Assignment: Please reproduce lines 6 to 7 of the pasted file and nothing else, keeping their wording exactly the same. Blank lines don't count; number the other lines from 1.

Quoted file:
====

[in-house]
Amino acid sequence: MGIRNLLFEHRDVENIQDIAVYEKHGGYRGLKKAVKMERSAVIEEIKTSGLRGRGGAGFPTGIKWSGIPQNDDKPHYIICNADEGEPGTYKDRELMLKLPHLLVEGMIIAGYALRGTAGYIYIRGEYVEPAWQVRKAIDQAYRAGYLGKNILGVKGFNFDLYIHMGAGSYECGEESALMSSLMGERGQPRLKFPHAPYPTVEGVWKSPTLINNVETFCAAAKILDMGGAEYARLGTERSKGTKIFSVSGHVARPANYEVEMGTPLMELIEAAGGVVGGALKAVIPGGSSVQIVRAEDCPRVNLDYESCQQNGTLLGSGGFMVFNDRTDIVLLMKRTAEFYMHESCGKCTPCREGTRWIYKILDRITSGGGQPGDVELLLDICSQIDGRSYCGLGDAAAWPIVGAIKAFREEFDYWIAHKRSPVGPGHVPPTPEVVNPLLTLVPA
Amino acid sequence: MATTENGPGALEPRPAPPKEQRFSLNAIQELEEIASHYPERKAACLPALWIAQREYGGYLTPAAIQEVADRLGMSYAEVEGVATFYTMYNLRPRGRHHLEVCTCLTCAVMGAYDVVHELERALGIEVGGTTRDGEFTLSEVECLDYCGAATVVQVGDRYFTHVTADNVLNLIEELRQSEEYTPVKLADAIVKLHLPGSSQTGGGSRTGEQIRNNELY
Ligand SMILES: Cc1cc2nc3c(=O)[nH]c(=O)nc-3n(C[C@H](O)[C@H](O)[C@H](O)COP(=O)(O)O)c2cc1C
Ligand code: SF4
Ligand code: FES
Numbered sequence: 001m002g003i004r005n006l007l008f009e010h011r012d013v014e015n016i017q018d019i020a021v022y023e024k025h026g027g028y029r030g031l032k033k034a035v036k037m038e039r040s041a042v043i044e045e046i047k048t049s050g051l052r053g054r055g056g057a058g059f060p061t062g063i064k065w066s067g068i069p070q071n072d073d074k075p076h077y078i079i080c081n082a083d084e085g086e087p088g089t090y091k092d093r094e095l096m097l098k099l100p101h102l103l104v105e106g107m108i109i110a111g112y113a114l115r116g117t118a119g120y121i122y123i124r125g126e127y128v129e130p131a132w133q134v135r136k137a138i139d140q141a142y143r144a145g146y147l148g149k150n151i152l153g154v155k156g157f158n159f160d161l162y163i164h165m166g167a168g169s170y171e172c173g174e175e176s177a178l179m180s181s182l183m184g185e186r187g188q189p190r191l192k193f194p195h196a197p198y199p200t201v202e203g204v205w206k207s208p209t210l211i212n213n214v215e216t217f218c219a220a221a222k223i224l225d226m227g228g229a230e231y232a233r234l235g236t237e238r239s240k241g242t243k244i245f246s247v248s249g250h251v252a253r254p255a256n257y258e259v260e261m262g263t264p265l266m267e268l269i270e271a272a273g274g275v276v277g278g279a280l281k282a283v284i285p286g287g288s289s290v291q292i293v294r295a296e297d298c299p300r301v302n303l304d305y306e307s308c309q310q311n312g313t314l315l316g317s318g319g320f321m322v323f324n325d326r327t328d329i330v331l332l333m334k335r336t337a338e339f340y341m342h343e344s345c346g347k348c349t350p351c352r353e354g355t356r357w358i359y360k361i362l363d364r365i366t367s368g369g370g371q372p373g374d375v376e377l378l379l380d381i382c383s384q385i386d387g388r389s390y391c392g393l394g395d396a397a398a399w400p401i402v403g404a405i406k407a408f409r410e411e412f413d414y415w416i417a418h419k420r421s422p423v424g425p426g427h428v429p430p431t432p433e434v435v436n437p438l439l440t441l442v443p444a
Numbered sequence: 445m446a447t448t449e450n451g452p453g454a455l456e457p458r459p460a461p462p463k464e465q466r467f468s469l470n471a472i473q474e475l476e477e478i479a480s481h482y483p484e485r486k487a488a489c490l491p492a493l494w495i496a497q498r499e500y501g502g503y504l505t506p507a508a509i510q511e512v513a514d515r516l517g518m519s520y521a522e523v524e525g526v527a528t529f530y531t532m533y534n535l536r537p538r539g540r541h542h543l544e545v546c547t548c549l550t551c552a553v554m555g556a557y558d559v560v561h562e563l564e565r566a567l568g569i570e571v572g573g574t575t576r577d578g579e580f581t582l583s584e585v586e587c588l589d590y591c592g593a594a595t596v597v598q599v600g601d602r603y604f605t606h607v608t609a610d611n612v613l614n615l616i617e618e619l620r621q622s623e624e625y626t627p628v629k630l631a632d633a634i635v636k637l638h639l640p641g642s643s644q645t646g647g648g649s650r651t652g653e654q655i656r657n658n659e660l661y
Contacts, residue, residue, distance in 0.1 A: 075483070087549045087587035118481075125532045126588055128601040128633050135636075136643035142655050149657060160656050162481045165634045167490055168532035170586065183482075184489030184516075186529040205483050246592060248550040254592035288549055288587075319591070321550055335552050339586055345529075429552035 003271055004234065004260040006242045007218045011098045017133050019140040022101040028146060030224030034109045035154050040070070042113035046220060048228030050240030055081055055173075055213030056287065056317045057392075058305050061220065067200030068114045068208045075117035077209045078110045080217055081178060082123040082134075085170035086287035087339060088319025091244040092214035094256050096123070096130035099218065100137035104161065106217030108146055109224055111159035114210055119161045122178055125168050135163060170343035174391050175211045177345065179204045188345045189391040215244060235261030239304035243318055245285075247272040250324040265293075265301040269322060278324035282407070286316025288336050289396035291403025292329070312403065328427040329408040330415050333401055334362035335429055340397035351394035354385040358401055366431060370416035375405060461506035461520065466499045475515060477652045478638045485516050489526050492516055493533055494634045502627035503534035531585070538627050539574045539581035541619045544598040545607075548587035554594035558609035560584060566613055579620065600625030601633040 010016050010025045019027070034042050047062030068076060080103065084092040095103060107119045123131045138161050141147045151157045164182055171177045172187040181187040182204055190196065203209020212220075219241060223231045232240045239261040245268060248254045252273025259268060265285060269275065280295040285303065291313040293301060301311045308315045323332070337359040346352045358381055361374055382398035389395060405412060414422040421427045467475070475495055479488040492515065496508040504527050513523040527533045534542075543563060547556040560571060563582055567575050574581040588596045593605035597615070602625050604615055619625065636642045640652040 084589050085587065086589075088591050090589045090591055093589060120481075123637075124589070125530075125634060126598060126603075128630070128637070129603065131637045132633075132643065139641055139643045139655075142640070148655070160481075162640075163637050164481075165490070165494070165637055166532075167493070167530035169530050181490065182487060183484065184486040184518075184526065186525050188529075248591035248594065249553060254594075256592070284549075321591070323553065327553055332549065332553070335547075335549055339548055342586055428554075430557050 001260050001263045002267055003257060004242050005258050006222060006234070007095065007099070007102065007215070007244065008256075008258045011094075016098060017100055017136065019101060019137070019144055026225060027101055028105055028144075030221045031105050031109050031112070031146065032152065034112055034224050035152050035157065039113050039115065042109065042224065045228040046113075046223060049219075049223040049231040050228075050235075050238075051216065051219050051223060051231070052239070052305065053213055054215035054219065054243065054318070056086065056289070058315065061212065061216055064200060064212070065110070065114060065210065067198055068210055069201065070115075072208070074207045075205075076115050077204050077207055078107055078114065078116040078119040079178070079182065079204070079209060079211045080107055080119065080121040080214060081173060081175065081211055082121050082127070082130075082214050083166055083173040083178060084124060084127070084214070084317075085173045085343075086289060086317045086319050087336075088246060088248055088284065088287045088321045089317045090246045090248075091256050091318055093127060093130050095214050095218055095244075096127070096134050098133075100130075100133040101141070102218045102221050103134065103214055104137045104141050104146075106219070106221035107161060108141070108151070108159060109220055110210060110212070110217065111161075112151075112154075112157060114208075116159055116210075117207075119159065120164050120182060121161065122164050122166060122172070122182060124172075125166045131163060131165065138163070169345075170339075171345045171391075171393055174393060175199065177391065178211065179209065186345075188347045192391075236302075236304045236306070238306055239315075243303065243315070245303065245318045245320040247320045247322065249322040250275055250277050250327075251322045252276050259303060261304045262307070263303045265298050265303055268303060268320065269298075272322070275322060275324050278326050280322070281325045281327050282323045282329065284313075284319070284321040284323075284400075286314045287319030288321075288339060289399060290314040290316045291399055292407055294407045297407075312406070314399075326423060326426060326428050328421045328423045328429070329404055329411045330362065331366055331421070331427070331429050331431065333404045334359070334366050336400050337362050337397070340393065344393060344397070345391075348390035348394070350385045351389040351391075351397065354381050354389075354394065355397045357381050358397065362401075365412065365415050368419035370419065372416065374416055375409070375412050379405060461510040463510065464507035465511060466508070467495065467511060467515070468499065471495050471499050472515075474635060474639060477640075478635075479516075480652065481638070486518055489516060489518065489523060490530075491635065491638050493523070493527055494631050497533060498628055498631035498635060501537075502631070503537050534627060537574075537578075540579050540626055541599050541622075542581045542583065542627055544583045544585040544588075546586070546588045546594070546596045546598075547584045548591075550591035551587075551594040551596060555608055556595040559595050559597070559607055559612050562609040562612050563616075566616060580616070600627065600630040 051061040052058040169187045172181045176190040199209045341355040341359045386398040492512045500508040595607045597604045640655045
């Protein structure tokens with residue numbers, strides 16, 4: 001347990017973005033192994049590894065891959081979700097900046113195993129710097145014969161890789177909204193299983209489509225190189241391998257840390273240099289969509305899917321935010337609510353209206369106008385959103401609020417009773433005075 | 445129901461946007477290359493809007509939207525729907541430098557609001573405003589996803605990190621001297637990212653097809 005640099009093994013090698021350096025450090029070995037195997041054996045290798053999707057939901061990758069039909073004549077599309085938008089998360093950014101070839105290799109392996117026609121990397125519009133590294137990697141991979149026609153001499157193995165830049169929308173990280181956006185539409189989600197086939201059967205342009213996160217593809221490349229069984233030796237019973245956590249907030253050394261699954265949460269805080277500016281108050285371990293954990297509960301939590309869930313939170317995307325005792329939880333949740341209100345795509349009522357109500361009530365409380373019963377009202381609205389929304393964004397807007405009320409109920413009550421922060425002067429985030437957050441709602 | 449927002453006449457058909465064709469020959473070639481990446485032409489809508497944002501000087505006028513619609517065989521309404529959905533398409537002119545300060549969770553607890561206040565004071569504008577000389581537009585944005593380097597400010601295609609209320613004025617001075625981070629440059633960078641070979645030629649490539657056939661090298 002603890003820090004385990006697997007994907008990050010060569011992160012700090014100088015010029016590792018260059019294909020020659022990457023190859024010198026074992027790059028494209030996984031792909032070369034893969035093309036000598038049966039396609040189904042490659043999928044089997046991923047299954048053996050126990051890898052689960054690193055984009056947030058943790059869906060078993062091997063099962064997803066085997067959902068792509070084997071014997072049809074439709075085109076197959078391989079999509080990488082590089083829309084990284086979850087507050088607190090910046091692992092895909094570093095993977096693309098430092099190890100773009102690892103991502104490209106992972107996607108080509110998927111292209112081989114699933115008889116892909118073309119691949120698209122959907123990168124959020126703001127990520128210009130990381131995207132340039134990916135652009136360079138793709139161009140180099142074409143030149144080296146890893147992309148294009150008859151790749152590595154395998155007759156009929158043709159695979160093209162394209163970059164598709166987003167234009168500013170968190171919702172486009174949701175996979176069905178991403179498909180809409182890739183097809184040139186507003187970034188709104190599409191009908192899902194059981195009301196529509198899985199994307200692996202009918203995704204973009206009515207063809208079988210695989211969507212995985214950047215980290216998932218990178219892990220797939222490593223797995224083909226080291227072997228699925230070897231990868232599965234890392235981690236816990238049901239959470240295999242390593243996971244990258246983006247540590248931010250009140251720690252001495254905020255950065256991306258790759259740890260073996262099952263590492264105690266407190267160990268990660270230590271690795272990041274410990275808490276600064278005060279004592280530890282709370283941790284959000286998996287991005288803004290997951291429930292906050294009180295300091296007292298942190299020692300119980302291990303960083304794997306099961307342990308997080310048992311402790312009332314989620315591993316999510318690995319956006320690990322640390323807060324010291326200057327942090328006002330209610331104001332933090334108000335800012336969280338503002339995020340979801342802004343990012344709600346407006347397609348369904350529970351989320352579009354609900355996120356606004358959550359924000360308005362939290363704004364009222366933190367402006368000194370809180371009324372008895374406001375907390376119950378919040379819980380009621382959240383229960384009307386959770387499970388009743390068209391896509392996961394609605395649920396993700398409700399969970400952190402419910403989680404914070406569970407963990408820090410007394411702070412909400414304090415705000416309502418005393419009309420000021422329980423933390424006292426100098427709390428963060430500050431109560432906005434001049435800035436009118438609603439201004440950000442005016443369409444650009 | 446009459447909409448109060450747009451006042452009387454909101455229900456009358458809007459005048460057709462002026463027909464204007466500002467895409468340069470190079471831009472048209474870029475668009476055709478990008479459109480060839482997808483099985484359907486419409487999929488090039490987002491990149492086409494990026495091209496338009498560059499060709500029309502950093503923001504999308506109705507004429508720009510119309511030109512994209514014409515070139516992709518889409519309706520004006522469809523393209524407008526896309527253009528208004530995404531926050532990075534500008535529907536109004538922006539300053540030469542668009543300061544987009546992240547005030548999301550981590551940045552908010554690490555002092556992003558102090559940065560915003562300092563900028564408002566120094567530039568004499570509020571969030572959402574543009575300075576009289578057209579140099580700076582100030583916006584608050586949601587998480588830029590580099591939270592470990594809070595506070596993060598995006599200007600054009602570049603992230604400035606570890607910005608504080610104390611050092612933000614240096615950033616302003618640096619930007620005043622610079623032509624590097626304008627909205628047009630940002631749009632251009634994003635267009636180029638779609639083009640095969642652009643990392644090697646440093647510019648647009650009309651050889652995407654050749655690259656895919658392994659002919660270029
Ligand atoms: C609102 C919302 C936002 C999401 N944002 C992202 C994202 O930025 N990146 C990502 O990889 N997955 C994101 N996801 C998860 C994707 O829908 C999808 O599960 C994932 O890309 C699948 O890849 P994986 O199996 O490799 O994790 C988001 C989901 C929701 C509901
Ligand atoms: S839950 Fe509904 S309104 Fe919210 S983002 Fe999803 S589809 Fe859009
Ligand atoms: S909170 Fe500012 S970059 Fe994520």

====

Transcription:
Ligand code: FES
Numbered sequence: 001m002g003i004r005n006l007l008f009e010h011r012d013v014e015n016i017q018d019i020a021v022y023e024k025h026g027g028y029r030g031l032k033k034a035v036k037m038e039r040s041a042v043i044e045e046i047k048t049s050g051l052r053g054r055g056g057a058g059f060p061t062g063i064k065w066s067g068i069p070q071n072d073d074k075p076h077y078i079i080c081n082a083d084e085g086e087p088g089t090y091k092d093r094e095l096m097l098k099l100p101h102l103l104v105e106g107m108i109i110a111g112y113a114l115r116g117t118a119g120y121i122y123i124r125g126e127y128v129e130p131a132w133q134v135r136k137a138i139d140q141a142y143r144a145g146y147l148g149k150n151i152l153g154v155k156g157f158n159f160d161l162y163i164h165m166g167a168g169s170y171e172c173g174e175e176s177a178l179m180s181s182l183m184g185e186r187g188q189p190r191l192k193f194p195h196a197p198y199p200t201v202e203g204v205w206k207s208p209t210l211i212n213n214v215e216t217f218c219a220a221a222k223i224l225d226m227g228g229a230e231y232a233r234l235g236t237e238r239s240k241g242t243k244i245f246s247v248s249g250h251v252a253r254p255a256n257y258e259v260e261m262g263t264p265l266m267e268l269i270e271a272a273g274g275v276v277g278g279a280l281k282a283v284i285p286g287g288s289s290v291q292i293v294r295a296e297d298c299p300r301v302n303l304d305y306e307s308c309q310q311n312g313t314l315l316g317s318g319g320f321m322v323f324n325d326r327t328d329i330v331l332l333m334k335r336t337a338e339f340y341m342h343e344s345c346g347k348c349t350p351c352r353e354g355t356r357w358i359y360k361i362l363d364r365i366t367s368g369g370g371q372p373g374d375v376e377l378l379l380d381i382c383s384q385i386d387g388r389s390y391c392g393l394g395d396a397a398a399w400p401i402v403g404a405i406k407a408f409r410e411e412f413d414y415w416i417a418h419k420r421s422p423v424g425p426g427h428v429p430p431t432p433e434v435v436n437p438l439l440t441l442v443p444a